So, even as I am troubled by the likelihood that I am not at this moment grasping the full scope of this crisis we are in, I am buoyed by the ways we have thought differently in 2020. Here are some of the phrases that live on post-it notes on the wall of my home office and that guide me every day:

Keep learning alive with books Keep parents connected Books for every child, support for every parent Learning happens everywhere Literacy starts at birth Books build brains Proximity, proximity, proximity

What unifies these phrases? The superpower behind each of these is PARENTS. In point of fact, parents have always been the superpowers; but we are now collectively seeing that reality in a way that we never have and with a depth of understanding that we have never felt before – and that, with any luck, we will not un-see after Covid resolves.

Here is a photo I snapped outside a school on the last week of the school year in 2019; this message felt relevant in the moment, appearing as it was on the cusp of summer, but it turned out to be prophetic as well:

This is NOT to suggest that teachers are not central to learning right now – yes, they are! AND parents are truly the first responders to their children’s educational, social, and emotional needs because of their proximity to their children. How fortunate is it that these first responders are also the ones who know their children the best and love them the most?

And there is a sensational silver lining here, a once-in-a-generation opportunity. As Sonja Brookins Santelises, CEO of Baltimore Public Schools, wrote in Education Week last month, “our actions in this unprecedented moment could do much more to dismantle inequity than to exacerbate it.” I could easily quote her entire amazing article “Parents Are Watching Like Never Before. ‘Trust Us’ Isn’t Enough” (you can and should read it here), but just to excerpt a bit more in hopes that I can share with you my sense of the potency of this moment:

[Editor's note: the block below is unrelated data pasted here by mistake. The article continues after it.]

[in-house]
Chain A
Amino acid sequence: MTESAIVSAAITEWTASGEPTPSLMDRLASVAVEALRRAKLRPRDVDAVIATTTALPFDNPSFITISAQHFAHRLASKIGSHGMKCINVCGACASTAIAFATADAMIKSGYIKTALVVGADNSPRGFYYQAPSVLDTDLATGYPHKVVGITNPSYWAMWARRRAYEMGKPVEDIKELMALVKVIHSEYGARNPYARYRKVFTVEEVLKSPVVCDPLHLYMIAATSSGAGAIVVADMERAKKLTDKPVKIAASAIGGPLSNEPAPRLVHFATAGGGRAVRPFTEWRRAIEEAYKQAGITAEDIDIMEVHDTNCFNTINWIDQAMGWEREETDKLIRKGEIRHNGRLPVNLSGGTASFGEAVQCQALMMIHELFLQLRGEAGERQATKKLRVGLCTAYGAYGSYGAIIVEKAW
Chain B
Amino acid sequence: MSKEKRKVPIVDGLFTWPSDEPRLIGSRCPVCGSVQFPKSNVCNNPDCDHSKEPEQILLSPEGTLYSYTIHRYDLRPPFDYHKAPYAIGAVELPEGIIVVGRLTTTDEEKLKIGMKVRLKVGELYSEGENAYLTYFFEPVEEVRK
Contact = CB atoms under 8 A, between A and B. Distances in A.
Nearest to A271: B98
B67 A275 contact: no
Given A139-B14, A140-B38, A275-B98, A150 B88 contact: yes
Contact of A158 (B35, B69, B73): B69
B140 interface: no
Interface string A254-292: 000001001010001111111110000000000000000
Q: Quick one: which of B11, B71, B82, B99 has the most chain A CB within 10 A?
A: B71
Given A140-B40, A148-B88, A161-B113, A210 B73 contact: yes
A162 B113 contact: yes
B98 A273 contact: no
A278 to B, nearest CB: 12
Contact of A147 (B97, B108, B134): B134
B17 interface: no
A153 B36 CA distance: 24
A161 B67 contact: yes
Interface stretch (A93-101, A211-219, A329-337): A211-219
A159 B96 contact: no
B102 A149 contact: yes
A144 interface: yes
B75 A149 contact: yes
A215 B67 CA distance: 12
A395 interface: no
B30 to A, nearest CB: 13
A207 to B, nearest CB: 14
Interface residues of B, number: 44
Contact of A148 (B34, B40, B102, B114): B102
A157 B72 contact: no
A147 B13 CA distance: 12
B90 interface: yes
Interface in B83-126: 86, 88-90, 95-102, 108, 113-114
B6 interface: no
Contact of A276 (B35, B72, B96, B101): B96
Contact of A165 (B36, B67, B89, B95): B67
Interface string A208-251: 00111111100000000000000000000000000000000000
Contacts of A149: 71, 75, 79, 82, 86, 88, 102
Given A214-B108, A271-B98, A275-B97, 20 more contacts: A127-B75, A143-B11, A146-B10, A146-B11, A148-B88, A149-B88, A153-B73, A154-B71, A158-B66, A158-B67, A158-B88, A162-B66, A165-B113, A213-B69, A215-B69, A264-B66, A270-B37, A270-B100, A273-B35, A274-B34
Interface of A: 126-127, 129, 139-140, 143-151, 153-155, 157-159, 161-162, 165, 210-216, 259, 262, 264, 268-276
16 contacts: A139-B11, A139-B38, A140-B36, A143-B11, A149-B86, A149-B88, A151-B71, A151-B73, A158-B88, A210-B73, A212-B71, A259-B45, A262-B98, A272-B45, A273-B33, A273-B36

COVID-19 has blown the doors off our schools and the walls off our classrooms. It has Zoomed educators into homes and parents into classrooms, providing the transparency that parents have long deserved. No longer are our practices hidden behind doors or buried in the pages of policy and collective bargaining agreements; they are now in full view on a screen. And our parents are watching.

Let’s, together, start 2021 ready to make the most of this opportunity to forge a new normal that repairs longstanding inequities – one that lifts up parents and that at long last earns their trust and gives them a valued place at the table.

SO much is possible for our children if we can just get this right. There’s never been a better or more consequential time to dream big, to stretch further, to challenge our old ways. We owe our kids that much – and more.

Both the near and far horizons are brighter. I end this final blogpost of 2020 with a profound sense of renewed hope, for all that we have learned and all that we can do. Today, however, I wish everyone in the Book Harvest family a safe, healthy, and book-filled new year!